Book review: Return of the epic

By Nicky Pellegrino

Amy Tan returns to familiar themes. Photo / Robert Foothorap
Amy Tan returns to familiar themes. Photo / Robert Foothorap

It's been the year of the comeback for the ultra-long novel. I've heard a theory that this trend for epic fiction is a literary rebellion against the internet, in particular the staccato nature of social media sites such as Twitter. That's all well and good but it does present problems.

For a start, unless it's dazzling, a novel that goes on for 500-plus pages can be tedious for even the most dedicated book lover to pursue. And for the writer, staying in control of the material, sustaining an even pace, balancing detail, character, narrative, etc becomes a bigger challenge the longer a book gets.

Amy Tan's latest novel, The Valley Of Amazement (HarperCollins), is a doorstopper at nearly 600 pages. Like much of her previous work, including bestseller The Joy Luck Club, it is an American-Chinese mother-daughter story. But this time Tan takes us inside the exotic world of the courtesan houses of Shanghai early last century.

Violet Minturn is the indulged daughter of Lulu Mimi, a white woman running a first-class courtesan house frequented by Chinese and Westerners.

At the age of 7, Violet spends her days spying on the courtesans and generally being a brat. However, Violet's sense of identity and her comfortable existence are about to be destroyed.

As China's Imperial Dynasty collapses, everything changes. A conman conspires to separate her from her mother, then sells her as a virgin courtesan. Violet learns the art of charming men, is deflowered by the highest bidder, falls in and out of love and has her heart broken but never her spirit.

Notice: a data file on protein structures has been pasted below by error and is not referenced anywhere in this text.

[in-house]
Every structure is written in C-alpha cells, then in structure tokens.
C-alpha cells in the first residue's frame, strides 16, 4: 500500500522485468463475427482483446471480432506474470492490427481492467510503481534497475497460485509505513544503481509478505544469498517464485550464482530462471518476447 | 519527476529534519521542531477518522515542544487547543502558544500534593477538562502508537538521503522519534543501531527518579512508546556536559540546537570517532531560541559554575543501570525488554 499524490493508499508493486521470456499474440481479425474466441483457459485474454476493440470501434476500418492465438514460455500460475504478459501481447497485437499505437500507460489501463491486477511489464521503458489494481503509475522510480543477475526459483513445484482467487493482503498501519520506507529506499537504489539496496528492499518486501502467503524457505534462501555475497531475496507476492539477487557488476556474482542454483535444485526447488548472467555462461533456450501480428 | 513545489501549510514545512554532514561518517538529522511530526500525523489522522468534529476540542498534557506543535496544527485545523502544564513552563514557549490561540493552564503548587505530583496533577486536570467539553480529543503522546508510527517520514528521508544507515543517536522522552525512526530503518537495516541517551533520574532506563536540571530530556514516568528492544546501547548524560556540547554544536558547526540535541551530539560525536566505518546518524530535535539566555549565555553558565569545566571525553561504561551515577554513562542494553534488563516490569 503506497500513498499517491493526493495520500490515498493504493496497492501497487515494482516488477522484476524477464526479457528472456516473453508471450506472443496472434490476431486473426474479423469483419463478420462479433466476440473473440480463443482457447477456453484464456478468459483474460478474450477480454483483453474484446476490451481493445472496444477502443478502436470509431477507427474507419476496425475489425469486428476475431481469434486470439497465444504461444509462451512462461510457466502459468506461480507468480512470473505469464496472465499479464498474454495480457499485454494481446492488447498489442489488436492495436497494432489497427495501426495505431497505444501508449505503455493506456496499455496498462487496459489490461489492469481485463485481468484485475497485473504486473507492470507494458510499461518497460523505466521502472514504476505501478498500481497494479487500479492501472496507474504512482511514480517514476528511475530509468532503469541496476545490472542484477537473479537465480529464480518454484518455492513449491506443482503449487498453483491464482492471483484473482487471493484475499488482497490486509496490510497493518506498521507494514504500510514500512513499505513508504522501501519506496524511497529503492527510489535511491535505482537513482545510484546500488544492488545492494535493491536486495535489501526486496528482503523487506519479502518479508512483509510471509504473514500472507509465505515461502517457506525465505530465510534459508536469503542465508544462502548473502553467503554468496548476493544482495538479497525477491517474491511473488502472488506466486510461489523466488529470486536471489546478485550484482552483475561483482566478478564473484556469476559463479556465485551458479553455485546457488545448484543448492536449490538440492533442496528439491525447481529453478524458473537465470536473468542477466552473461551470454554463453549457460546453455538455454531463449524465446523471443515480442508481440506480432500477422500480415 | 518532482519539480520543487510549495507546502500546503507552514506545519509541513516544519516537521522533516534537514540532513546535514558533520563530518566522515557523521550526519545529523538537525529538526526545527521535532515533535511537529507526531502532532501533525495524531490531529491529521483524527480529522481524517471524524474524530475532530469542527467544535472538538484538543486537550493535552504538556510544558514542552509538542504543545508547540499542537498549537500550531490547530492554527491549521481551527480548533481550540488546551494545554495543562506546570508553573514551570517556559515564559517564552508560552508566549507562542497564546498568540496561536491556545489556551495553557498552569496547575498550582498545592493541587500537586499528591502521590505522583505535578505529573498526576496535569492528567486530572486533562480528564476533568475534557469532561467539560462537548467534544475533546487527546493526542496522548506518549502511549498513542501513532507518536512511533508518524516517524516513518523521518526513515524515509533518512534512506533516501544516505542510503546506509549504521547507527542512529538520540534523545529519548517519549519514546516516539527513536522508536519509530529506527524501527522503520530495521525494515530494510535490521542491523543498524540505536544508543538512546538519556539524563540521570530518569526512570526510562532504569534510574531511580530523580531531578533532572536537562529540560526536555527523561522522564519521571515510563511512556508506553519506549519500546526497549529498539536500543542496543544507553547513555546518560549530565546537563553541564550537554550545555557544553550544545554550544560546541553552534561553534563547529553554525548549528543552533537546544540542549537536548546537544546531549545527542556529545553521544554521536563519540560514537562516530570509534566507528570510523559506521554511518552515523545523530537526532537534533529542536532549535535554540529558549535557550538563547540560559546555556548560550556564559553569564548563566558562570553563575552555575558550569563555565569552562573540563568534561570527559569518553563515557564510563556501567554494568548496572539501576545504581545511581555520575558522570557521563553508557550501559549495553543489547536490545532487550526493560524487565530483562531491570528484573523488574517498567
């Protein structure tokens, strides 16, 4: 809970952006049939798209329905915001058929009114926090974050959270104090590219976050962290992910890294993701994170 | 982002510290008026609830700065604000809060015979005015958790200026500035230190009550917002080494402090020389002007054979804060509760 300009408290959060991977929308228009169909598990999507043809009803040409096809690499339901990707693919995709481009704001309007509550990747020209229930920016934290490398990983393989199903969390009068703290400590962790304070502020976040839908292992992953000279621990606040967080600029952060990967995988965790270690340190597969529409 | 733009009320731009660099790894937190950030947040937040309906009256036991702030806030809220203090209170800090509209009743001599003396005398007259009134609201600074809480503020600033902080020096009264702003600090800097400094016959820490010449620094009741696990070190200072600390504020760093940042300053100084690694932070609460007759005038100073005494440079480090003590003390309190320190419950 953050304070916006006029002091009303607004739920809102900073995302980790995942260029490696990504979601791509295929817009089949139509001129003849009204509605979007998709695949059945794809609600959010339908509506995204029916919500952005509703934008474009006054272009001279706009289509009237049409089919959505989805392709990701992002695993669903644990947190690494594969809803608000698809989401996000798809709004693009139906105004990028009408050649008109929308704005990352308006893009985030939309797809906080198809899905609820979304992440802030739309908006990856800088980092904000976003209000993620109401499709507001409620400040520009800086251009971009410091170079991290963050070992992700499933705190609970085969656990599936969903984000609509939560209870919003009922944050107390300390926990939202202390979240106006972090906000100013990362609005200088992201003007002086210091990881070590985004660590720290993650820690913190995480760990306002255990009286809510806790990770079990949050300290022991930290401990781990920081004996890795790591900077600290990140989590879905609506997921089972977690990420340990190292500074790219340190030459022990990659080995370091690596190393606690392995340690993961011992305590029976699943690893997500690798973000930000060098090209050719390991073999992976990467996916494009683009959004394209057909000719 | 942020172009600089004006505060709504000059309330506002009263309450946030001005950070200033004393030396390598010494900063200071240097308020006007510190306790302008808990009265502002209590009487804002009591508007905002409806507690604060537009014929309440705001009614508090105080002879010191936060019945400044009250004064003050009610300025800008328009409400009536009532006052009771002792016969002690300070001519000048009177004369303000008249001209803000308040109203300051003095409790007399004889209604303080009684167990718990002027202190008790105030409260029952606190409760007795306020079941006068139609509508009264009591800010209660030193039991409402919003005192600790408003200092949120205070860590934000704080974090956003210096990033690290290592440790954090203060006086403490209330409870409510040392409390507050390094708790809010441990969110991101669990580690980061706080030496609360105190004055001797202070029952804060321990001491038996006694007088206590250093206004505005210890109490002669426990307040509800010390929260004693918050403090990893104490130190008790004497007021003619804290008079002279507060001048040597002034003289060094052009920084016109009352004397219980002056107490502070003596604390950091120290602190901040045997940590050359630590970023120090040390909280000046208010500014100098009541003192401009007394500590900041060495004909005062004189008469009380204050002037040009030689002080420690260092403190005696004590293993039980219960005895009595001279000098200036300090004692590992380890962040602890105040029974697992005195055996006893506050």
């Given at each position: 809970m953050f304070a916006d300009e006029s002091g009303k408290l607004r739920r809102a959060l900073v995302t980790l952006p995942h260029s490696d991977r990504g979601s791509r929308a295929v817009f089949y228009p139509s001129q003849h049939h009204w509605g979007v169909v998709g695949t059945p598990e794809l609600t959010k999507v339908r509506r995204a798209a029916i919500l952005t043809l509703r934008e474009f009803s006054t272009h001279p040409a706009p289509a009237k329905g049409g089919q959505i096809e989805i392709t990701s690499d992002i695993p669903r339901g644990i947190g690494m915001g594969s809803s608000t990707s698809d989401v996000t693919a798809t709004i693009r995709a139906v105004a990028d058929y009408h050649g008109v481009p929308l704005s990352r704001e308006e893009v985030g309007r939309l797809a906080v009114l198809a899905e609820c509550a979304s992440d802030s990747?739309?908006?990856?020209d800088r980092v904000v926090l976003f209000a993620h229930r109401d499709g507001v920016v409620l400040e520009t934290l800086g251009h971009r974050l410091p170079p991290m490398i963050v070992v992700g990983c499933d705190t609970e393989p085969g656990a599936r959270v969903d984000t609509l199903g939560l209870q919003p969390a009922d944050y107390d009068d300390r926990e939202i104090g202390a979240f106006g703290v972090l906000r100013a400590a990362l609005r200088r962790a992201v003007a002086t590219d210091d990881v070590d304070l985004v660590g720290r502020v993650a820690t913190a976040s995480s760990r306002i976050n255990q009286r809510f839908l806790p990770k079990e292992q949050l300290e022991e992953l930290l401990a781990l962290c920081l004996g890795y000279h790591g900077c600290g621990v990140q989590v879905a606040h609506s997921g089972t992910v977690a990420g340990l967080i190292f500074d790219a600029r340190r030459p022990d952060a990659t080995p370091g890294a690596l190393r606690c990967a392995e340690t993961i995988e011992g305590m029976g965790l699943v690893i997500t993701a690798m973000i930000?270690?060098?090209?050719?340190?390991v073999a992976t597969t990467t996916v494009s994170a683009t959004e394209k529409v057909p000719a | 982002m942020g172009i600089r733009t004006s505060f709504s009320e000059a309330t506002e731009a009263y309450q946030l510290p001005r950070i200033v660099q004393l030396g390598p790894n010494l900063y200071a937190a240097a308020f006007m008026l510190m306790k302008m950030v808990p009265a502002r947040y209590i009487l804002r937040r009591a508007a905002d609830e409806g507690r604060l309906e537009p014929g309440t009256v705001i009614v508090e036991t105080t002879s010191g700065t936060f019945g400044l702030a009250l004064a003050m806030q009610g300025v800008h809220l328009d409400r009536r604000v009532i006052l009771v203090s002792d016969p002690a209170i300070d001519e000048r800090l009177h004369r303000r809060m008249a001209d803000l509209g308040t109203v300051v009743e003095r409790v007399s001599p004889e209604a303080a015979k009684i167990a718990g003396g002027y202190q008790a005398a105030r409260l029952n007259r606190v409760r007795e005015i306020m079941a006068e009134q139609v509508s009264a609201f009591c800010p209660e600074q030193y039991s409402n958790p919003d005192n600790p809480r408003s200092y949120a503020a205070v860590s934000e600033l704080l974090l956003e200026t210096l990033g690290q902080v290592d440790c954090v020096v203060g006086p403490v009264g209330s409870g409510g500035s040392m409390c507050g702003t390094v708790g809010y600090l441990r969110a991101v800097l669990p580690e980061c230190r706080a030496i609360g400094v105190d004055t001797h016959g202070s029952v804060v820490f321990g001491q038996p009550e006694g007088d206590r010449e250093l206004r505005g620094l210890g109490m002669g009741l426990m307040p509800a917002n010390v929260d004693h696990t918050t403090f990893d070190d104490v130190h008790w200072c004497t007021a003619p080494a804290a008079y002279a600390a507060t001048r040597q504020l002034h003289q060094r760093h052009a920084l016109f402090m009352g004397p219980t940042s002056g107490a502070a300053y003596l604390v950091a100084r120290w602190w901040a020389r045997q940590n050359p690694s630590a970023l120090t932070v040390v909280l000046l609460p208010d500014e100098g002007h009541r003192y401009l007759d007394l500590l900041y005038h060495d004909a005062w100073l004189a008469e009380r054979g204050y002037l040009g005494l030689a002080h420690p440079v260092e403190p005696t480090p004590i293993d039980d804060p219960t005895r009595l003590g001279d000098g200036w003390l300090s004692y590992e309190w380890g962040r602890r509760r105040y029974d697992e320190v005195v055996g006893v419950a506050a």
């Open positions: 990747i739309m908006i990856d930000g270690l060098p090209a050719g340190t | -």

Tan revisits many themes that will be familiar to fans of her work; stolen children, the tensions between traditional and modern, the strains between mothers and daughters; but she packages them up in a story that's different enough to keep things interesting.

She says she was inspired to write it after beginning to suspect her grandmother may have survived as a courtesan for a time. It is lavishly detailed, fascinating and often darkly humorous. But it is unnecessarily long. Some parts could have been trimmed without losing any impact. And a section told from Violet's mother's point of view could have been cut completely, particularly as there is no real separation between the two main voices.

Much as I love Tan's wonderful storytelling and as vivid as her evocation of the life of a courtesan is, The Valley Of Amazement is overblown in parts. There are other points in the story where Violet seems oddly detached about her most serious setbacks and losses. And then finally, after sprawling over pages and pages, there is an awkward, hasty tying up of loose ends.

There is a lot to enjoy in this book but ultimately The Valley Of Amazement is too much of a good thing.

- Herald on Sunday

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